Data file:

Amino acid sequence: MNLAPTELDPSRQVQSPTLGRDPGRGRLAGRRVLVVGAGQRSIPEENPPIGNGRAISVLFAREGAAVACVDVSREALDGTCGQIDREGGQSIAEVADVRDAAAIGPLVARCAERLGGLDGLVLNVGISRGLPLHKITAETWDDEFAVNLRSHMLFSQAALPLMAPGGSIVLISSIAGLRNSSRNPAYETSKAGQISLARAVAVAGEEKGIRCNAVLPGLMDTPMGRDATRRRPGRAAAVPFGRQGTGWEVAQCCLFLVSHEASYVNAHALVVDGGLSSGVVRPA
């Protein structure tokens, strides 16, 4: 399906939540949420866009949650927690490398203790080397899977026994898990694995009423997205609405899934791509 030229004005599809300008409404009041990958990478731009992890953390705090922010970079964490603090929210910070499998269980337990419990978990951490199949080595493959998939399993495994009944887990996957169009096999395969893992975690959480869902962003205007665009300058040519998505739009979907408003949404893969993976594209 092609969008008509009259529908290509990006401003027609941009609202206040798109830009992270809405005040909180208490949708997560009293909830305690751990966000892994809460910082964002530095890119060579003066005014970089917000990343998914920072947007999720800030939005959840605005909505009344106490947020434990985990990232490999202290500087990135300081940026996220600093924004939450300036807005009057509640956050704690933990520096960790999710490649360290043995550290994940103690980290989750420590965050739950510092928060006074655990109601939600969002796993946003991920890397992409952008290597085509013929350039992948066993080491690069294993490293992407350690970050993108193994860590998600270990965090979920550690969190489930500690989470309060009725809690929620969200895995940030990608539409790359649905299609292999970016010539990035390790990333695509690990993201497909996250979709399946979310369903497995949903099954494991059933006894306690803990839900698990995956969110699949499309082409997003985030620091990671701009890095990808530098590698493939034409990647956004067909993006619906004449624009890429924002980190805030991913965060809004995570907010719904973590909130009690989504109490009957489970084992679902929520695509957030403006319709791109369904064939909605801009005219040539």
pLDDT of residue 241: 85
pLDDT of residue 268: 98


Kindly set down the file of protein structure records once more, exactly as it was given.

Amino acid sequence: MNLAPTELDPSRQVQSPTLGRDPGRGRLAGRRVLVVGAGQRSIPEENPPIGNGRAISVLFAREGAAVACVDVSREALDGTCGQIDREGGQSIAEVADVRDAAAIGPLVARCAERLGGLDGLVLNVGISRGLPLHKITAETWDDEFAVNLRSHMLFSQAALPLMAPGGSIVLISSIAGLRNSSRNPAYETSKAGQISLARAVAVAGEEKGIRCNAVLPGLMDTPMGRDATRRRPGRAAAVPFGRQGTGWEVAQCCLFLVSHEASYVNAHALVVDGGLSSGVVRPA
């Protein structure tokens, strides 16, 4: 399906939540949420866009949650927690490398203790080397899977026994898990694995009423997205609405899934791509 030229004005599809300008409404009041990958990478731009992890953390705090922010970079964490603090929210910070499998269980337990419990978990951490199949080595493959998939399993495994009944887990996957169009096999395969893992975690959480869902962003205007665009300058040519998505739009979907408003949404893969993976594209 092609969008008509009259529908290509990006401003027609941009609202206040798109830009992270809405005040909180208490949708997560009293909830305690751990966000892994809460910082964002530095890119060579003066005014970089917000990343998914920072947007999720800030939005959840605005909505009344106490947020434990985990990232490999202290500087990135300081940026996220600093924004939450300036807005009057509640956050704690933990520096960790999710490649360290043995550290994940103690980290989750420590965050739950510092928060006074655990109601939600969002796993946003991920890397992409952008290597085509013929350039992948066993080491690069294993490293992407350690970050993108193994860590998600270990965090979920550690969190489930500690989470309060009725809690929620969200895995940030990608539409790359649905299609292999970016010539990035390790990333695509690990993201497909996250979709399946979310369903497995949903099954494991059933006894306690803990839900698990995956969110699949499309082409997003985030620091990671701009890095990808530098590698493939034409990647956004067909993006619906004449624009890429924002980190805030991913965060809004995570907010719904973590909130009690989504109490009957489970084992679902929520695509957030403006319709791109369904064939909605801009005219040539």
pLDDT of residue 241: 85
pLDDT of residue 268: 98